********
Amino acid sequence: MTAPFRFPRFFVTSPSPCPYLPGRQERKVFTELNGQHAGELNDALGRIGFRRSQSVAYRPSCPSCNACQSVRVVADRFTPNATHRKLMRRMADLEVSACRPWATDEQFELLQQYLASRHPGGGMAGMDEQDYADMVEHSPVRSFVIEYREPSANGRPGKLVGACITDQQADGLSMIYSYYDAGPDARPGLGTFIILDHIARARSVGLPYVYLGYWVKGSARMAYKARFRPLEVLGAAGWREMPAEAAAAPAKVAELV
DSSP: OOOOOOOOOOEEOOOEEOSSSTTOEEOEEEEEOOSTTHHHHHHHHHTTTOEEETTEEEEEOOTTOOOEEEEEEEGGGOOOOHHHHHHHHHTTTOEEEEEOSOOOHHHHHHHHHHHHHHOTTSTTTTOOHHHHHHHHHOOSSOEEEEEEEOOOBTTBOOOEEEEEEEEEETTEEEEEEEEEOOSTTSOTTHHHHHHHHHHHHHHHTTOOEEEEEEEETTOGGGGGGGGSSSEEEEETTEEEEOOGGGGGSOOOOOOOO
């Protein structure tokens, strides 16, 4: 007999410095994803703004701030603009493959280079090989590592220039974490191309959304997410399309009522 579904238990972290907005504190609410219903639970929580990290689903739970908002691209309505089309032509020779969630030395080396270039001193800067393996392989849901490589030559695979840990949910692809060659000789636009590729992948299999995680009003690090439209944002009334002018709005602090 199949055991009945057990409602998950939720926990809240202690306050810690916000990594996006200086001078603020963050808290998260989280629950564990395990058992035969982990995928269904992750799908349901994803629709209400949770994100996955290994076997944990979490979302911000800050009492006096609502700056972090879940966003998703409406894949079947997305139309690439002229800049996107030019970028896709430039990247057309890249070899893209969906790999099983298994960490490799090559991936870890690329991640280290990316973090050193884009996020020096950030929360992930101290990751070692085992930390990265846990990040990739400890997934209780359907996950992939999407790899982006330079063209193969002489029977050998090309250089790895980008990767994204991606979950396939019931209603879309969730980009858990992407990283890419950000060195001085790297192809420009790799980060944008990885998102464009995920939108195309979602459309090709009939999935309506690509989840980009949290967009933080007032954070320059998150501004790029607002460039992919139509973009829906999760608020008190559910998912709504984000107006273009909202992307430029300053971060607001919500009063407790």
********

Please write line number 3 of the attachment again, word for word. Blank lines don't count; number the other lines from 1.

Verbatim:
């Protein structure tokens, strides 16, 4: 007999410095994803703004701030603009493959280079090989590592220039974490191309959304997410399309009522 579904238990972290907005504190609410219903639970929580990290689903739970908002691209309505089309032509020779969630030395080396270039001193800067393996392989849901490589030559695979840990949910692809060659000789636009590729992948299999995680009003690090439209944002009334002018709005602090 199949055991009945057990409602998950939720926990809240202690306050810690916000990594996006200086001078603020963050808290998260989280629950564990395990058992035969982990995928269904992750799908349901994803629709209400949770994100996955290994076997944990979490979302911000800050009492006096609502700056972090879940966003998703409406894949079947997305139309690439002229800049996107030019970028896709430039990247057309890249070899893209969906790999099983298994960490490799090559991936870890690329991640280290990316973090050193884009996020020096950030929360992930101290990751070692085992930390990265846990990040990739400890997934209780359907996950992939999407790899982006330079063209193969002489029977050998090309250089790895980008990767994204991606979950396939019931209603879309969730980009858990992407990283890419950000060195001085790297192809420009790799980060944008990885998102464009995920939108195309979602459309090709009939999935309506690509989840980009949290967009933080007032954070320059998150501004790029607002460039992919139509973009829906999760608020008190559910998912709504984000107006273009909202992307430029300053971060607001919500009063407790």